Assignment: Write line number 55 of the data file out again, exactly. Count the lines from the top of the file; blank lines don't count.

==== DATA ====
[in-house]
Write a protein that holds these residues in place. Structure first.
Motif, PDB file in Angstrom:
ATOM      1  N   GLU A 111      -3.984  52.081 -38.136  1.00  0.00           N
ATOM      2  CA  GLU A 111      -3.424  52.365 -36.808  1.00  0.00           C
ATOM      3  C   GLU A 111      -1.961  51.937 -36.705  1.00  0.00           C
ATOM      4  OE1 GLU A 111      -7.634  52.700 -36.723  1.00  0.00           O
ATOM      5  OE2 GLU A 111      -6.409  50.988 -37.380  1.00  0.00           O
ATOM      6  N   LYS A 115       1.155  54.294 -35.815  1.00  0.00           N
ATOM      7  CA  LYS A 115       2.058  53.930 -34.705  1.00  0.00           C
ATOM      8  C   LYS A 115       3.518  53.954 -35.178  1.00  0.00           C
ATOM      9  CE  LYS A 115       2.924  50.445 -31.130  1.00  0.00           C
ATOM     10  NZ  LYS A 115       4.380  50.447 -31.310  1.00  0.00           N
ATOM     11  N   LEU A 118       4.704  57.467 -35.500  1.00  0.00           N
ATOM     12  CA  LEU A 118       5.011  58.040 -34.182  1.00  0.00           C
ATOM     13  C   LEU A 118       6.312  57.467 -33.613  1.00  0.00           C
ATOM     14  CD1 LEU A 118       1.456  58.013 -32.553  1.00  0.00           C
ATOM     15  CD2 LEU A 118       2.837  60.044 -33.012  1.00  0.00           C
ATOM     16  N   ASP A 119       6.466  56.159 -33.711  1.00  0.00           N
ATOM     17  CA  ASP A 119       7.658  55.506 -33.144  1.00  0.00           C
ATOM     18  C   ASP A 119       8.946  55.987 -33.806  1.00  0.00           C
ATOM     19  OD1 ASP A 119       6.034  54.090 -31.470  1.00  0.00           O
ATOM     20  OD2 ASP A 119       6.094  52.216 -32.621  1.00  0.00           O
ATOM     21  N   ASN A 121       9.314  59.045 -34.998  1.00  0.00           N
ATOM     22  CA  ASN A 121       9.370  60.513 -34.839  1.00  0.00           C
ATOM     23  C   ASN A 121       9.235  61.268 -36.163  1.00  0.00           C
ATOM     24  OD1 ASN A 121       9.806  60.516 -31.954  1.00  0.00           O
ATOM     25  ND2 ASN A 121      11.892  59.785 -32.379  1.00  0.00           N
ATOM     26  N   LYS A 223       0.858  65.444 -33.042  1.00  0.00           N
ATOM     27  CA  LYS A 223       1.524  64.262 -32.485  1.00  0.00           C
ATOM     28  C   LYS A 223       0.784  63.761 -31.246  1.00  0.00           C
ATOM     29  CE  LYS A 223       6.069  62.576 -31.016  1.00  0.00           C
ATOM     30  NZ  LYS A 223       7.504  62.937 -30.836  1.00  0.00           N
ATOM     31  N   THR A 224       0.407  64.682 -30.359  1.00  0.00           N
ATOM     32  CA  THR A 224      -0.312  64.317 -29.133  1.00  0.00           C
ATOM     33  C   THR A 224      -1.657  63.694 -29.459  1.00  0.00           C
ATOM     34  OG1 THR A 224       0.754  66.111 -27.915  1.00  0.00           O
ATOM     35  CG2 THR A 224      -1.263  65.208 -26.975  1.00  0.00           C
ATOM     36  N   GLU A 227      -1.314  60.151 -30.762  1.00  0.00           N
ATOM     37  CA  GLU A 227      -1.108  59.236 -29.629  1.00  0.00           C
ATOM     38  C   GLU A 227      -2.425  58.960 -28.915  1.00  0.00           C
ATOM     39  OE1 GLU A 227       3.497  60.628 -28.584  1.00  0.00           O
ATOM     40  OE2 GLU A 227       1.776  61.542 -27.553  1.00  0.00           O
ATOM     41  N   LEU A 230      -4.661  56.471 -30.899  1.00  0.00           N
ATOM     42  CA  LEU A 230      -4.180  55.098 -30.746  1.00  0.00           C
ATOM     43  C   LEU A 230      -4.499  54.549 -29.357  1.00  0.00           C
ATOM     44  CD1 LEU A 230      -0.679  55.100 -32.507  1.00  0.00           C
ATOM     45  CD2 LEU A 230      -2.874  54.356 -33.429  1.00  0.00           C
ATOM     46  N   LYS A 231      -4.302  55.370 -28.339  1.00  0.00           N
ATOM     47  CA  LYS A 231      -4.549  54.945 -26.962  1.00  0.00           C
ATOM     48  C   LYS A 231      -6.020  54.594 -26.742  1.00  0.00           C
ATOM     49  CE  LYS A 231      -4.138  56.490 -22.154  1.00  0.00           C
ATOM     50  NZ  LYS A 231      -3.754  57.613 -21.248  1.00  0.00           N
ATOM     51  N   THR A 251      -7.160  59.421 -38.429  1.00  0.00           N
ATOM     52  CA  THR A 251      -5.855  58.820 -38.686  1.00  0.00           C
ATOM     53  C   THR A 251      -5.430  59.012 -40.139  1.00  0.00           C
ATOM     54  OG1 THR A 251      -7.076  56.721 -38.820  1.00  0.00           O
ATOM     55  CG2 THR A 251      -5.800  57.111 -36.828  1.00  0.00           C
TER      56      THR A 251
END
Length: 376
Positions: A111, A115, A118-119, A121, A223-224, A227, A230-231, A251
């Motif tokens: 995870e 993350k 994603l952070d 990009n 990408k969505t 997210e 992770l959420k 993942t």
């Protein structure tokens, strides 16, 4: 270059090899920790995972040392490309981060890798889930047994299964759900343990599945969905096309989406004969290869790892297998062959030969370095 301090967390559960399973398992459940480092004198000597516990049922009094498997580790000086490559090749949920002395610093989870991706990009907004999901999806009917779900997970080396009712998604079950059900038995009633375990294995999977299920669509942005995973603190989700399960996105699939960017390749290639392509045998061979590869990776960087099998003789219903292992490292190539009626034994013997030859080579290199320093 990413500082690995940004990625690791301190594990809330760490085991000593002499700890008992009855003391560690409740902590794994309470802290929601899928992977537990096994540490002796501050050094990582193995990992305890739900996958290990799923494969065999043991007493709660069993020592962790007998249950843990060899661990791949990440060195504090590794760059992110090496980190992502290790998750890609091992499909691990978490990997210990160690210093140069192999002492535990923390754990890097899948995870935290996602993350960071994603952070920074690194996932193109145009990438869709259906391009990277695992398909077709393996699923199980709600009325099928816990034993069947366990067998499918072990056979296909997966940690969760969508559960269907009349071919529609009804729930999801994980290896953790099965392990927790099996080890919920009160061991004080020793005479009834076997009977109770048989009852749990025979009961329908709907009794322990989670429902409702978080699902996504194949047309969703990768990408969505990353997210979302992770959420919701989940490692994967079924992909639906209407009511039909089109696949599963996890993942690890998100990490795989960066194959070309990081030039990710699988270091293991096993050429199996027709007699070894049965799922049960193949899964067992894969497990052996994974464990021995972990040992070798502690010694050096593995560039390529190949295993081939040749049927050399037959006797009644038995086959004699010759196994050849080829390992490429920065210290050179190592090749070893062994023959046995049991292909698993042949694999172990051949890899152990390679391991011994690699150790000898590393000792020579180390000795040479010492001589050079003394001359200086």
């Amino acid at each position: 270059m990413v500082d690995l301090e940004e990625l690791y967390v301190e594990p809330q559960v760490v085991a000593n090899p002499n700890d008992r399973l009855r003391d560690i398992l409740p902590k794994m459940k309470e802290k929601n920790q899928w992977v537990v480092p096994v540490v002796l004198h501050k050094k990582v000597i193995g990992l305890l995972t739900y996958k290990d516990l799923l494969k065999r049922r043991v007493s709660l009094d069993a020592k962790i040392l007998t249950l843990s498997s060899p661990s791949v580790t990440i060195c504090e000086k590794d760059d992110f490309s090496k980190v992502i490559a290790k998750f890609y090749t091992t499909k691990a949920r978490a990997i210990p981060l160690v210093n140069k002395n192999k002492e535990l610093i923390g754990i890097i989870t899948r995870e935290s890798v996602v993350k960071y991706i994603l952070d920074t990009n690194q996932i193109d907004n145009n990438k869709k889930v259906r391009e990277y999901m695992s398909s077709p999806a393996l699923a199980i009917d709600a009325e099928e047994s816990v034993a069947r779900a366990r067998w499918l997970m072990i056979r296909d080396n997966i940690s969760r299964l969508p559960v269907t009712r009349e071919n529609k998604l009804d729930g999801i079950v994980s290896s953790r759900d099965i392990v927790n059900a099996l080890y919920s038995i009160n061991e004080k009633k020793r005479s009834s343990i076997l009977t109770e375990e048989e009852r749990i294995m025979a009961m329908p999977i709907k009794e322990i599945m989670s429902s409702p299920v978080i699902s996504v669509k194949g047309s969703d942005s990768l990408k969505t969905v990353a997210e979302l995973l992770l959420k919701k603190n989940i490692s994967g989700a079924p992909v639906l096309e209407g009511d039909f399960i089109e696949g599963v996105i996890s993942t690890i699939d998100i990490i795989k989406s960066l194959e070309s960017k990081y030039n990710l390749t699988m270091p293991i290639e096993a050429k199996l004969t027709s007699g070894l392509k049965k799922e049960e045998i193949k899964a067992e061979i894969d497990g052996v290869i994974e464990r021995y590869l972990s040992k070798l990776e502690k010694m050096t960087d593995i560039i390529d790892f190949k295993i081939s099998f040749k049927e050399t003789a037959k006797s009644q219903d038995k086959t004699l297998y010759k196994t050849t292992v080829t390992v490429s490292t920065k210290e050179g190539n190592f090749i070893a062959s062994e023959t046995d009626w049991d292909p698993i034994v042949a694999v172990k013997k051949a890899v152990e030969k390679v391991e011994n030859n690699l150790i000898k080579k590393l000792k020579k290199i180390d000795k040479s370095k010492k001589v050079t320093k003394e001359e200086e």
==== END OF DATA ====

ATOM     52  CA  THR A 251      -5.855  58.820 -38.686  1.00  0.00           C